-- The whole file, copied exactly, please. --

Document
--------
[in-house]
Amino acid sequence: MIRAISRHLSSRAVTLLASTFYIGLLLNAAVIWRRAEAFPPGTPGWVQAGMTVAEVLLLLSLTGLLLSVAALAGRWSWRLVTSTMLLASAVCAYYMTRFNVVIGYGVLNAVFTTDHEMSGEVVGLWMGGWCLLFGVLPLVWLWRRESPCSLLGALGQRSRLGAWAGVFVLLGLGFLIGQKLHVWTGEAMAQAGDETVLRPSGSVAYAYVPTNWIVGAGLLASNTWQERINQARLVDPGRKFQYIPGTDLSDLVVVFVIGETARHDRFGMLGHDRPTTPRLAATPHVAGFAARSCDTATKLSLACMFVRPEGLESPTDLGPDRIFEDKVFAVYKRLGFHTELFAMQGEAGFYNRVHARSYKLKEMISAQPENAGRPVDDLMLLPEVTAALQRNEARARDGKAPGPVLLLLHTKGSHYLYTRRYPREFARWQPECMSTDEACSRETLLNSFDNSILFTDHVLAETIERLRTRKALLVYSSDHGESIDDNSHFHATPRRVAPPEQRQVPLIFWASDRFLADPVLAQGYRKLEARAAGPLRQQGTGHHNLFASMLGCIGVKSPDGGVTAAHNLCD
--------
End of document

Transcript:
[in-house]
Amino acid sequence: MIRAISRHLSSRAVTLLASTFYIGLLLNAAVIWRRAEAFPPGTPGWVQAGMTVAEVLLLLSLTGLLLSVAALAGRWSWRLVTSTMLLASAVCAYYMTRFNVVIGYGVLNAVFTTDHEMSGEVVGLWMGGWCLLFGVLPLVWLWRRESPCSLLGALGQRSRLGAWAGVFVLLGLGFLIGQKLHVWTGEAMAQAGDETVLRPSGSVAYAYVPTNWIVGAGLLASNTWQERINQARLVDPGRKFQYIPGTDLSDLVVVFVIGETARHDRFGMLGHDRPTTPRLAATPHVAGFAARSCDTATKLSLACMFVRPEGLESPTDLGPDRIFEDKVFAVYKRLGFHTELFAMQGEAGFYNRVHARSYKLKEMISAQPENAGRPVDDLMLLPEVTAALQRNEARARDGKAPGPVLLLLHTKGSHYLYTRRYPREFARWQPECMSTDEACSRETLLNSFDNSILFTDHVLAETIERLRTRKALLVYSSDHGESIDDNSHFHATPRRVAPPEQRQVPLIFWASDRFLADPVLAQGYRKLEARAAGPLRQQGTGHHNLFASMLGCIGVKSPDGGVTAAHNLCD